Private sector firms in focus


From left: Political advisers Zhou Qunfei, Ye Qing, Liu Shijin, Nan Cunhui and Zhou Hongyi wave to journalists at a news conference held during the ongoing session of the 13th National Committee of the Chinese People's Political Consultative Conference in Beijing on Wednesday. ZHU XINGXIN/CHINA DAILY

'Manufacturing key economic growth driver', says tycoon of touch screens

More efforts are needed to create a better environment for Chinese private businesses to help inject vitality and spur innovation in the country's economy, members of the 13th National Committee of the Chinese People's Political Consultative Conference said on Wednesday in Beijing.

Liu Shijin, deputy director of the Economic Affairs Committee of the CPPCC, called for deepening reforms to offer private firms an equal playing field and a stable legal environment.

"Putting policies into practice is a top priority as China has launched an array of related policies to support private businesses, including expanding market access," said Liu at a news briefing during the ongoing two sessions.

Liu's comments came after Chinese authorities late last year pledged to unswervingly encourage, support and guide the development of the private sector, and encourage private enterprises to develop in a more comprehensive and competitive way.

Over the past 40 years, the private sector has become an indispensable force behind the country's economic development.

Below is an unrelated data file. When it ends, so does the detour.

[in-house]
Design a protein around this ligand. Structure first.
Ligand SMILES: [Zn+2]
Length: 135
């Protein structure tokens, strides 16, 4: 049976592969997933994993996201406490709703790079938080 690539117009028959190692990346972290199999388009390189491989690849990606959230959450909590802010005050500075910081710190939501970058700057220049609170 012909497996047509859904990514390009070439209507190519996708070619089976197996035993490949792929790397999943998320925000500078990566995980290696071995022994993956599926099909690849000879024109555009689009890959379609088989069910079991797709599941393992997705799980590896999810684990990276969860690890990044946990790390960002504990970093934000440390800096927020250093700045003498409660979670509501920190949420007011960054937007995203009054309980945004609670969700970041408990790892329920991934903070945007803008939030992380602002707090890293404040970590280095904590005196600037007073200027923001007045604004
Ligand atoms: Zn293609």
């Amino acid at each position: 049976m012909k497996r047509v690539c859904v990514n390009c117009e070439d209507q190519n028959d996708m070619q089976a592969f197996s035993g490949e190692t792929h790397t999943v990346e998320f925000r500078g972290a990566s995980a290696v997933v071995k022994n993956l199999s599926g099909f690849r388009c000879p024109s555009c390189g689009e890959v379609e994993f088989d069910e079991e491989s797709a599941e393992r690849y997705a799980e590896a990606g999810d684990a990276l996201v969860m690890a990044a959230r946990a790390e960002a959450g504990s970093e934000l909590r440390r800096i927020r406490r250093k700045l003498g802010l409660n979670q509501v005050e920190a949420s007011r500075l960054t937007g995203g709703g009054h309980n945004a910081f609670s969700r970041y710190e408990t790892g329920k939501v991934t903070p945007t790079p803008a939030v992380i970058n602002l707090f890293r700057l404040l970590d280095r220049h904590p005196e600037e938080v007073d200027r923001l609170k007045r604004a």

In addition to accounting for over half of the country's fiscal revenue, China's private enterprises are currently responsible for over 60 percent of fixed-asset investment, more than 70 percent of innovation and over 80 percent of urban employment.

Ye Qing, chairman of Beijing Yeshi Enterprise Group Co - a private company spanning real estate and financial services - said that most private firms currently do not find it difficult to raise funds. But for even smoother development, he suggested banks to give better financing guidance to small and micro enterprises.

"Financial institutions should also add more financial products, such as medium and long-term loans, to private businesses for their long-term solid development," said Ye, who is also vice-president of the All-China Federation of Industry and Commerce.

"Moreover, major State-owned banks are expected to offer loans tailored to different regions as business environments vary across different areas of China," he added.

Zhou Qunfei, founder of touchscreen maker Lens Technology, also hailed the role of an easy financing process to keep advanced manufacturing on a growth path.

"Currently in China, 90 percent of private companies are engaged in manufacturing, and advanced manufacturing is a key economic growth driver," she noted.

To support advanced manufacturing, Zhou proposed that the government should introduce more high-end talent.

"Private firms should also raise awareness of protecting intellectual property," she said.

For private businesses, mixed ownership reform could be another opportunity, said Nan Cunhui, chairman and founder of Chint Group, a leading electrical equipment maker.

"During this process, unnecessary and elaborate formalities should be removed so that private companies will be involved in giving a bigger push to China's high-quality development," he added.

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